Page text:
I agree all roads lead to BOEING.... The Mechanical Systems staff at Boeing Commercial Airplanes to be exact. Did you guys know do to the financial situation at the time all Boeing employees were off from turkey day until new years day, work didn't start back up until jan 2nd. So if cooper was a boeing employee he didn't have to be at work on monday and had some time for things to die down before work started again.
« Last Edit: August 04, 2019, 09:50:41 PM by nickyb233 »
 

Offline Robert99

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Re: Suspects And Confessions
« Reply #4195 on: August 04, 2019, 11:38:33 PM »
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Sheridan may have been in the FBI's crosshairs for some time. Remember that back in the 1960s he got busted by the feds in Mississippi for his civil rights work. Then, in Vietnam he got booted out by the US Ambassador to the RSVN. "Invited to leave the country" is how Petey stated it to me.

From what Sailshaw told me, the feds already knew a lot about Petey when they showed up at Sail's doorstep - his wife, Claire, the divorce, his relocation to Seattle.

Also, don't forget that the feds may have been investigating Sail, too. They may have cast a wide net over all employees at Boeing.
Agreed on all points, Bruce.

If you take Cooper's "grudge" as the full or partial motive for the crime ($200k is a good enough primary motive for anybody desperate and not rich) all trails really do seem to lead back to Boeing. The tie only helps solidify that theory.  Taking a few months off the Cooper case did help clarify that for me - sometimes you have to let the trees become the forest for a bit - it goes back to who was damaged by the crime? We know the grudge wasn't with NWO, who took the hit for the money (that damages any case for KC). And yeah, the feds were embarrassed by not being able to solve it, but no criminal wants to get caught, and the feds were already covered in egg from November 58, so "embarrassing the FBI" doesn't seem  a very realistic motive to me; "staying the hell out of prison" is any criminal's intention, but not their motive for the crime itself. Who'd risk their own life to embarrass a group that already had some hijack messes on their hands? Boeing looked negligent for not having forethought the Cooper vane and had to spend a fortune retrofitting 727s. I can't think of anyone else whose Cooper grudge would have been assuaged by this hijack.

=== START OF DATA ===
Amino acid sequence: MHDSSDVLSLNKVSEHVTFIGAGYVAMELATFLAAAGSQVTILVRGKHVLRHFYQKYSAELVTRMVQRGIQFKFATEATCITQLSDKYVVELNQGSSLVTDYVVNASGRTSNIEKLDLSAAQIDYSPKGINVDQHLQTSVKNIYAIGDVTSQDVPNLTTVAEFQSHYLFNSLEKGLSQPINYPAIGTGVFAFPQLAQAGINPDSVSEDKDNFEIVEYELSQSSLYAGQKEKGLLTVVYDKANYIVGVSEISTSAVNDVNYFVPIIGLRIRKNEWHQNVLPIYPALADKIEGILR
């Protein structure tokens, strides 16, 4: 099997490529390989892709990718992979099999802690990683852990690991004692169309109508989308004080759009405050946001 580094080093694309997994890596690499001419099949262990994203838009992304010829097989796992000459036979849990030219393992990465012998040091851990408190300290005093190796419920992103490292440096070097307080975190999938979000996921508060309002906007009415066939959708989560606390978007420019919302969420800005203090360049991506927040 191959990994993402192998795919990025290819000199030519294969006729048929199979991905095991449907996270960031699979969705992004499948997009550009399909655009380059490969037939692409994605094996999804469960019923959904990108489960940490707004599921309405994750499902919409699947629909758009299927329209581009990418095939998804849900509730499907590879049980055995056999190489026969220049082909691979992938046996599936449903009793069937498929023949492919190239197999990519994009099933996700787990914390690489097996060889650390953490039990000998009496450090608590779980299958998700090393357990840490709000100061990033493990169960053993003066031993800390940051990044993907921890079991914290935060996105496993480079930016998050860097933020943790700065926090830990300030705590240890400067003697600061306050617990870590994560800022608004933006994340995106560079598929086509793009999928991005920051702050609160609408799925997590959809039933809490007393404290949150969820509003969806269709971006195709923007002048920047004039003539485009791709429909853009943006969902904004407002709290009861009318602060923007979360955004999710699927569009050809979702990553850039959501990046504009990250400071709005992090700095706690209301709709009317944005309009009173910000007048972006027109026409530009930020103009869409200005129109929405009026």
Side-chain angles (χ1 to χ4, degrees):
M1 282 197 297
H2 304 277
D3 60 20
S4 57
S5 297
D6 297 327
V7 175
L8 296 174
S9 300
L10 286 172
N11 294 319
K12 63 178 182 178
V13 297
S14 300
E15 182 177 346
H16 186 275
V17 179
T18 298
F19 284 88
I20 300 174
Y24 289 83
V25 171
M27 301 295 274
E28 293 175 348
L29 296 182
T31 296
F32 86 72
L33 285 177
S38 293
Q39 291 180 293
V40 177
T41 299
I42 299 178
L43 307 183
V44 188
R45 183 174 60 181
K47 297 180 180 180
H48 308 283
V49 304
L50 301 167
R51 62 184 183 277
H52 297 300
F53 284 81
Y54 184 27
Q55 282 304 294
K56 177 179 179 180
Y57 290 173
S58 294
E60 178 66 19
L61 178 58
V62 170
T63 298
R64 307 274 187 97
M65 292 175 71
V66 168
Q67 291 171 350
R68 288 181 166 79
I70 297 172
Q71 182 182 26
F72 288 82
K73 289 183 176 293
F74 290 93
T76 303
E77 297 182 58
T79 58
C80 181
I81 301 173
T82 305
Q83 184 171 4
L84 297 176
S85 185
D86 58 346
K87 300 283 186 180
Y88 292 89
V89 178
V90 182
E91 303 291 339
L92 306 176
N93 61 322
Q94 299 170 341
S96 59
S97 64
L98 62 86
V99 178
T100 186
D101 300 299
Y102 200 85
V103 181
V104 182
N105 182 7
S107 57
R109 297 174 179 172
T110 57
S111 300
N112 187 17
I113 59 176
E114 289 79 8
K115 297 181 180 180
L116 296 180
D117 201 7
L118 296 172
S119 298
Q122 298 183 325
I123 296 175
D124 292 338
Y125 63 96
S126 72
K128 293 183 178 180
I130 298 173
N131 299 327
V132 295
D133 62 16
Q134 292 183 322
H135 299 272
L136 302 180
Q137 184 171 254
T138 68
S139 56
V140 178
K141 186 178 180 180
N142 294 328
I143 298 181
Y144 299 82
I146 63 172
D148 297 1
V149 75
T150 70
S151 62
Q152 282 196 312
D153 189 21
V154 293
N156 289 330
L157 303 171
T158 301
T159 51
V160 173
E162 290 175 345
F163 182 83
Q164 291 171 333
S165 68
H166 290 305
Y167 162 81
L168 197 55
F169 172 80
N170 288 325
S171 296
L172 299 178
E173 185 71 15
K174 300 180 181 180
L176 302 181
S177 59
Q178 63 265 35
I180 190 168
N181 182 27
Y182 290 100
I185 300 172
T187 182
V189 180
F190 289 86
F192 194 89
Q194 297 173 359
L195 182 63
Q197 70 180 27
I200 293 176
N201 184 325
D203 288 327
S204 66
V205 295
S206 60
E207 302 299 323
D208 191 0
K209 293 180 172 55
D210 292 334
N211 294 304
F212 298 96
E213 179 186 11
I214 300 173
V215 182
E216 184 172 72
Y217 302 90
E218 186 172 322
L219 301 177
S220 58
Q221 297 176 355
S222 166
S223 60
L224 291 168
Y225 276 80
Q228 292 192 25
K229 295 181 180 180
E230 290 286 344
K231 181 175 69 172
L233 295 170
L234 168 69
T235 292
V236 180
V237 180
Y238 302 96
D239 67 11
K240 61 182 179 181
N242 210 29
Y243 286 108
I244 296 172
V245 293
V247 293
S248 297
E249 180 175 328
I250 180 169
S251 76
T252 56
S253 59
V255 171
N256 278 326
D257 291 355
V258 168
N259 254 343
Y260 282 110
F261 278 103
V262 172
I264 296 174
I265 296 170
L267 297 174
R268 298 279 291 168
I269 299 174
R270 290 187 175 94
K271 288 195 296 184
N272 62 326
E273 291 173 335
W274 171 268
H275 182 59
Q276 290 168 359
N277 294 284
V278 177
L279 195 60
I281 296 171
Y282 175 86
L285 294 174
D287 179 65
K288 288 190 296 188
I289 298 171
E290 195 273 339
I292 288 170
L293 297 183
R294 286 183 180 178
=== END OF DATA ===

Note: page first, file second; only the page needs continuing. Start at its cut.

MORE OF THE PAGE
Only other possibility is that the grudge was with someone whereby 200 grand would be needed to get even/advance a movement. So a political cause - but even there you have to really look for a "grudge". You can despise a political philosophy, party, or leader without necessarily having a grudge against them - in fact, fear of the future is just as likely a political motivator as anger about the past/present.